7 March 2017
The day seemed to be getting warmer and warmer and, even though I’d taken my coat off and stuffed it in my bag near the start of our walk, I was overheating. After yomping into town, running an errand and wandering all over Andrews Park taking photographs, CJ and I were in need of a coffee. We both agreed to head for Artisan Coffee in Guildhall Square. Maybe we’d even have a cake.
We crossed the road by the Cenotaph, constructed to Edwin Lutyens’ design on the edge of West Park in 1920. Of course, as most of F.G.O Stuart’s postcards were shot in the very early 1900’s, it didn’t feature in any, but two of his photographs were taken in the park, just behind the Cenotaph. We were so close it seemed silly not to go and at least have a look.
West Park is also known as Watts Park after the monument to Isaac Watts standing in the centre of a large flower bed behind the Cenotaph. To Sotonians, Isaac Watts needs no introduction. He is probably one of the city’s most famous sons. An author, educator, philosopher and writer of hymns, he was born in 1674 and lived in French Street. His hymn Our God, Our Help in Ages Past rings from the Civic Centre clock tower twice a day.
Watts’ beginnings, in French Street, were inauspicious to say the least. When he was born his father was in prison due to his Nonconformist views. Eventually he was freed but young Isaac admired his father’s courage in refusing to embrace the Church of England and grew up to be a Nonconformist himself. He was also something of a child prodigy, learning Latin at the age of four and going on to learn Greek, French and Hebrew. He refused offers by weathly neighbours to sponsor him for a place at Oxford or Cambridge and, instead, studied at a Nonconformist academy.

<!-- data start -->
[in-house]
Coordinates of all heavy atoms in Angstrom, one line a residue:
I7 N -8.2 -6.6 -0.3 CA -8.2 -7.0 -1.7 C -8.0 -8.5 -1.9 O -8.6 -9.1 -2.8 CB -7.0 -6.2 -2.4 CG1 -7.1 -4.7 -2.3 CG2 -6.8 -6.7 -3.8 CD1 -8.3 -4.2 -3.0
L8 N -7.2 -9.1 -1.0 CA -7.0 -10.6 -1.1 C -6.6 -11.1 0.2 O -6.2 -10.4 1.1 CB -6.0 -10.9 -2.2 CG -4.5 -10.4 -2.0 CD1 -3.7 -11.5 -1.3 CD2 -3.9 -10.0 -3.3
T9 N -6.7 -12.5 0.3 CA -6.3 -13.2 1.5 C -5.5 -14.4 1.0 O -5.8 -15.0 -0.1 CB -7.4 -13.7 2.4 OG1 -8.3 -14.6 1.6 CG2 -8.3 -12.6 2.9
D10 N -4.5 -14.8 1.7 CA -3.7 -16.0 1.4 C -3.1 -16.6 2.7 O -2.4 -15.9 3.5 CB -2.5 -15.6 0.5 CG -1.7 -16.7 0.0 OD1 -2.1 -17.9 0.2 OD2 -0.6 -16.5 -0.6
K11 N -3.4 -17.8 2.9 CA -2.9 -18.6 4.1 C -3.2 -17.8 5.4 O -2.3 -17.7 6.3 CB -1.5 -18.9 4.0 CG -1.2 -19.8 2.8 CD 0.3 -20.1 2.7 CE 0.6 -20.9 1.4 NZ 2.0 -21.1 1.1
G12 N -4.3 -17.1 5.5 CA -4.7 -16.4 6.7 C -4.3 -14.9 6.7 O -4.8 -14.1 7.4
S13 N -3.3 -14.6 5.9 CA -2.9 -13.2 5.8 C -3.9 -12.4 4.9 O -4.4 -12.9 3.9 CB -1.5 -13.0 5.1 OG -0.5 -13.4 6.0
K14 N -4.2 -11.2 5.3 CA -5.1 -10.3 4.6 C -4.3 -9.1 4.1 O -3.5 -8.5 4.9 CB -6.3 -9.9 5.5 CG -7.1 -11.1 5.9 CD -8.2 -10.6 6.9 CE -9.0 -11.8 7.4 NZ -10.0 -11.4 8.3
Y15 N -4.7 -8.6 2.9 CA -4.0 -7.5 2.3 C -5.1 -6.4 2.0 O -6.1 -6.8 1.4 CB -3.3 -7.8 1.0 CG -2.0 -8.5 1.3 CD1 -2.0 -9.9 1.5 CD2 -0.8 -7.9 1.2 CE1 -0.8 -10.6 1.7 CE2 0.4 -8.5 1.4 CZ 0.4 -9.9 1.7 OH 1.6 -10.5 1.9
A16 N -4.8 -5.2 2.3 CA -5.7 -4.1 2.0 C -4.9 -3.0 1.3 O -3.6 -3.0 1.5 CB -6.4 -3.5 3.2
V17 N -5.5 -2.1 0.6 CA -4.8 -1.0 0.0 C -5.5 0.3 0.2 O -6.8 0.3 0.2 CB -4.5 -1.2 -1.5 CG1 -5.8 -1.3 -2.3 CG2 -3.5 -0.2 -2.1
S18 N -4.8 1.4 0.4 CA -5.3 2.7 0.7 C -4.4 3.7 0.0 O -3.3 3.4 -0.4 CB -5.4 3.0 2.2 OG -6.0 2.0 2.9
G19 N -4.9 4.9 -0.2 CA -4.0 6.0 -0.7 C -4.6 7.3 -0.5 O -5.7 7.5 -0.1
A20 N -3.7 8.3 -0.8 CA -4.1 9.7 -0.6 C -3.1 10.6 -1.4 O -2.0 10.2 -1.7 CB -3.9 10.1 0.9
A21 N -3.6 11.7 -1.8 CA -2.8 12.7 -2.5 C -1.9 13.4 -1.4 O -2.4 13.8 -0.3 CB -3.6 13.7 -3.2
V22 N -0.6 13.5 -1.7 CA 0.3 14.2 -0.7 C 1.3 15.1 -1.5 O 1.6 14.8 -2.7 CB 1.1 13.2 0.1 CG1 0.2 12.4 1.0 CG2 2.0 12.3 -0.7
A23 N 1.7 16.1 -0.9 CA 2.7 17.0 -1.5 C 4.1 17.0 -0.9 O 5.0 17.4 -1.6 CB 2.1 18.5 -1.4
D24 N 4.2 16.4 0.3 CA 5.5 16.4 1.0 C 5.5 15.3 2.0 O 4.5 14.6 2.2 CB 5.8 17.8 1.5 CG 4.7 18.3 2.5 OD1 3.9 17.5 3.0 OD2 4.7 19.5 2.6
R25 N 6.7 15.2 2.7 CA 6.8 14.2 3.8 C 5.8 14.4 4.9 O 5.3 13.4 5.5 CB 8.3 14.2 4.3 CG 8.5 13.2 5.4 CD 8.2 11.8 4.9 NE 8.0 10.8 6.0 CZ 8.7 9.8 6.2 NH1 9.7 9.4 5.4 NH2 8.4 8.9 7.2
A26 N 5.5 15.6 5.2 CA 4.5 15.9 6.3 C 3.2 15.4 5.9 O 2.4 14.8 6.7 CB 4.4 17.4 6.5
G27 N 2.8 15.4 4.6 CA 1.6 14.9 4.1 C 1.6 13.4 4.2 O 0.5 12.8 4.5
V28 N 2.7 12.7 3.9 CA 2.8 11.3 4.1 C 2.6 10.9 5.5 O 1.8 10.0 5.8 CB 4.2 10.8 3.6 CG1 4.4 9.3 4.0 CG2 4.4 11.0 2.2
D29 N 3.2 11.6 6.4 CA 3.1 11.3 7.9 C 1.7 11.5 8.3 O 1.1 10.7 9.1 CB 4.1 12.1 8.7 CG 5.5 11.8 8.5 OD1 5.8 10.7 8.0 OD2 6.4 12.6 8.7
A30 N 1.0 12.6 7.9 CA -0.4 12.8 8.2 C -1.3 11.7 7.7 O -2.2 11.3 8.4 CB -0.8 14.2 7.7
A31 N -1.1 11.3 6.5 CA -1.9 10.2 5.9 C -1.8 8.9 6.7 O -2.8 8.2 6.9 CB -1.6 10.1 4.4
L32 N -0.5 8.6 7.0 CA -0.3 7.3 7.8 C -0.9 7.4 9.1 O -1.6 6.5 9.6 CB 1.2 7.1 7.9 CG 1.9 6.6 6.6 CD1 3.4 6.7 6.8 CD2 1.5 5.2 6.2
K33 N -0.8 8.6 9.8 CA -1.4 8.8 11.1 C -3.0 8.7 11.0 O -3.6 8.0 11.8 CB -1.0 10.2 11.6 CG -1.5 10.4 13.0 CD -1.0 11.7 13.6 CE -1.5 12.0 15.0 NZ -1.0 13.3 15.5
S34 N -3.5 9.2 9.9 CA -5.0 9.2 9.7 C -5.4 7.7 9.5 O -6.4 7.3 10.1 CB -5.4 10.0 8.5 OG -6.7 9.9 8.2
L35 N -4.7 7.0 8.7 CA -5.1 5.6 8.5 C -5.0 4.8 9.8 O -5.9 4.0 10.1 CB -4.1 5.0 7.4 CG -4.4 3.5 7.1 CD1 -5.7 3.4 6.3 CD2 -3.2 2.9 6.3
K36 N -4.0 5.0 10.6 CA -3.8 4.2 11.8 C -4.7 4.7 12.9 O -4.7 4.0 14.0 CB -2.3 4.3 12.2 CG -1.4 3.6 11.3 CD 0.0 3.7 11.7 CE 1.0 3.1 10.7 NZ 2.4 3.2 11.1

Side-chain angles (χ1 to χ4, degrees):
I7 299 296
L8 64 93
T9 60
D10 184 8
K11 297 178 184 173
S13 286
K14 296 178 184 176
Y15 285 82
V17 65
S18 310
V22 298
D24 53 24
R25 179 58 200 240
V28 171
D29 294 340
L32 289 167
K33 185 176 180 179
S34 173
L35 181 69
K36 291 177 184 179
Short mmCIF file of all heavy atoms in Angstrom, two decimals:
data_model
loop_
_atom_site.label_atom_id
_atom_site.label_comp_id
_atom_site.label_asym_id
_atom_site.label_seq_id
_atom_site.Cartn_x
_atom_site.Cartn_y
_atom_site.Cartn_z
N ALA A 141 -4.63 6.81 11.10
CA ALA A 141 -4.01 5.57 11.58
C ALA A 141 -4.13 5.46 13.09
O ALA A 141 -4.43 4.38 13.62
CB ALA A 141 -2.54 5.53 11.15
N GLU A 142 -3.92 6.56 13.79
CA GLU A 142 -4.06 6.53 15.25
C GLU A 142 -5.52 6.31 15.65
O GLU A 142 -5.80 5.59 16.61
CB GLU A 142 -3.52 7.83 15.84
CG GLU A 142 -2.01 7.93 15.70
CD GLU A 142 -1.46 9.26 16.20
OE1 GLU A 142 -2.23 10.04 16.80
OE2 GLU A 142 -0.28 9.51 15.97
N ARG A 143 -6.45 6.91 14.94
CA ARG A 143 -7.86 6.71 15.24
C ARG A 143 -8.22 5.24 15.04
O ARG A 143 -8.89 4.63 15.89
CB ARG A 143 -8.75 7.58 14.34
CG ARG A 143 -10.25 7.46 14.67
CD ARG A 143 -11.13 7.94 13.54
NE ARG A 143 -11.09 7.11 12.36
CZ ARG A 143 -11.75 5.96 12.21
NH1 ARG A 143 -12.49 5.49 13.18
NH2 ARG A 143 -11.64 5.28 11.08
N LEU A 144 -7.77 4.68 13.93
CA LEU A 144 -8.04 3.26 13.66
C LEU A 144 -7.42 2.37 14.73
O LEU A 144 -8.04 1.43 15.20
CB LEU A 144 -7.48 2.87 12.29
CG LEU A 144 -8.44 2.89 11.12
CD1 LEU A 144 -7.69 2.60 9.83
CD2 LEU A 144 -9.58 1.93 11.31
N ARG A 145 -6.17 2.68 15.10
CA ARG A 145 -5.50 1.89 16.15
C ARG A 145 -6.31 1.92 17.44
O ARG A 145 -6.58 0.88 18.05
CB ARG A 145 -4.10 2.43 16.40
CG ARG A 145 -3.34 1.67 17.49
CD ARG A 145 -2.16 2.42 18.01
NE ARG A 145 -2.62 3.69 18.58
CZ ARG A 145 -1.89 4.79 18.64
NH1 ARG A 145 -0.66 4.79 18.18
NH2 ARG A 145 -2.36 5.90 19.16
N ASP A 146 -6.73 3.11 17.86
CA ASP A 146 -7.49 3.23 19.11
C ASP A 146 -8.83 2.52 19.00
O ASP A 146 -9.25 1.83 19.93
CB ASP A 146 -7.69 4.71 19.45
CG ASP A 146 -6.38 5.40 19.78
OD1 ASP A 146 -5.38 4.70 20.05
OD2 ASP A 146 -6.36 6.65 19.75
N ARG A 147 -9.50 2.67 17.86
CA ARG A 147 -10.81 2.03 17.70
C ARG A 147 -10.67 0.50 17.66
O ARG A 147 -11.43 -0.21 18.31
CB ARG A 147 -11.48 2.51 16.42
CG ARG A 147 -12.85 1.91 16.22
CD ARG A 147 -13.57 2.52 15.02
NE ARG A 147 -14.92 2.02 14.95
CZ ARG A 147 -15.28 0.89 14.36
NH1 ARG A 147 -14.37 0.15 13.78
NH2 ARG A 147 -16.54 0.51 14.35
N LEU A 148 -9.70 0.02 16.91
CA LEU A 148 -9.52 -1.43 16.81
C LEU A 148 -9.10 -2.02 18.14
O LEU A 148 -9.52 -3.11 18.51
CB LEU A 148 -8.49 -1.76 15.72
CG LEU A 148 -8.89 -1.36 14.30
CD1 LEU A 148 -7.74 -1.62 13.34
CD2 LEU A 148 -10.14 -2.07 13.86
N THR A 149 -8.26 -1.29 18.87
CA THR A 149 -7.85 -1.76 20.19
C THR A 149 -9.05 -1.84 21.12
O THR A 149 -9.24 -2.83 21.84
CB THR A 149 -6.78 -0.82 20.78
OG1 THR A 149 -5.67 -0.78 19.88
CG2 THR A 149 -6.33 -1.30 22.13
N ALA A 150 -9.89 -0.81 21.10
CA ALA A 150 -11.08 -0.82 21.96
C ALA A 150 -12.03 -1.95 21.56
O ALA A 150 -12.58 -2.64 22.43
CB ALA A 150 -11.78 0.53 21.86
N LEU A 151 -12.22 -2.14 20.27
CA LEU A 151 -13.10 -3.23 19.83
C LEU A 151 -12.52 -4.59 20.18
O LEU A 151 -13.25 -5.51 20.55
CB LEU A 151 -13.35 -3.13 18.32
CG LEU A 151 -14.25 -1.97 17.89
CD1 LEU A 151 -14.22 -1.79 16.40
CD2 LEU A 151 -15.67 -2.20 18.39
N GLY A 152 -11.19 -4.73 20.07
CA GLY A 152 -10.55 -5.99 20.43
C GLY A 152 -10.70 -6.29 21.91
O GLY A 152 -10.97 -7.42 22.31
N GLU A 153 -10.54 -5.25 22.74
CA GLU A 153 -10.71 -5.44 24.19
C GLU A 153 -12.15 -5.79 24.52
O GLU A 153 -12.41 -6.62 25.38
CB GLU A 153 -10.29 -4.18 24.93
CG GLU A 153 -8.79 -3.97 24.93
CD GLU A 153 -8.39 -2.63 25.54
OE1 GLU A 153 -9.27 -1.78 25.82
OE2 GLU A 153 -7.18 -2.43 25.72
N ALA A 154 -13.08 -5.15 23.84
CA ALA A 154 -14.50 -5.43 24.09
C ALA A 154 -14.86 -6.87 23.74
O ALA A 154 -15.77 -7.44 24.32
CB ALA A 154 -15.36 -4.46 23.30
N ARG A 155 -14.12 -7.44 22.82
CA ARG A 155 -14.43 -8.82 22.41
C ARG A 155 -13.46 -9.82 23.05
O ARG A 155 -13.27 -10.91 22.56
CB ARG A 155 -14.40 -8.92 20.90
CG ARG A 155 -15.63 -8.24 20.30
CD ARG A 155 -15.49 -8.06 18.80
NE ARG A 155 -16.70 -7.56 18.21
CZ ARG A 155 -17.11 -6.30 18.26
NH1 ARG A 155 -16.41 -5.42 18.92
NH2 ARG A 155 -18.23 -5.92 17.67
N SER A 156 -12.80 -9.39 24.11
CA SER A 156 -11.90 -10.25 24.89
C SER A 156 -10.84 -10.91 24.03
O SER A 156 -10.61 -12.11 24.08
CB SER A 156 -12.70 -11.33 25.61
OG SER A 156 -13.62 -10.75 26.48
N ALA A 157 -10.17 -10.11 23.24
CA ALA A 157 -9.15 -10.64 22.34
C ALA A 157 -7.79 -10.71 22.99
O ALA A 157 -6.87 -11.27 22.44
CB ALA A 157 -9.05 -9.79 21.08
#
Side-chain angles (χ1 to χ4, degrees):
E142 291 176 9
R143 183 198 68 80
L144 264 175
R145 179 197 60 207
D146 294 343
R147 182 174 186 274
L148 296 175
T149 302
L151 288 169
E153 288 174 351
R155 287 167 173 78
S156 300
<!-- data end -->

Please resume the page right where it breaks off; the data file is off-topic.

The first of F.G.O Stuart’s postcards shows Watts statue standing in the centre of the round flower bed that remains to this day. The beds here are still much as they were although the planting of box and colourful dogwood is more contemporary. It was a simple enough matter to find the spot where Stuart had stood to take his photograph but, even with CJ taking the camera and raising it above his head to take the second shot, we couldn’t get the same angle.
“I think we will have to start carrying a big box around with us if we want to capture the right perspective for these reconstructions,” I said.
“Maybe we could get a lightweight folding ladder,” he laughed.
“Only if you carry it,” I said. “I’d love to know what Stuart used? Short of climbing a tree I can’t see how he got so high an angle.”
The biggest change between my photographs and Stuart’s were the buildings around the park. Stuart took his picture in summer when the leaves were in the trees but the wonderful buildings peeking from behind them have elegant pillars and porticoes. Today Cumberland Place is dominated by tall office blocks and very few of those classical buildings remain.
A second postcard of the same subject exists, this one a close up in black and white. This is almost certainly a much later photograph, probably taken after Stuart’s death in 1923. The family business passed to Stuart’s daughter, Flora, and her husband Charles Dowson and new photographs were added to the collection until the 1930’s. These later photographs were all in black and white or sepia, crisper than Stuart’s but not nearly as artistic. Who took them is a mystery. It may well have been Charles or even Flora. Even so, I decided to try to create my own version of this non Stuart, Stuart postcard. It is a fair recreation, especially when converted to black and white, but still the original seems to have been taken from a higher vantage point than I can manage.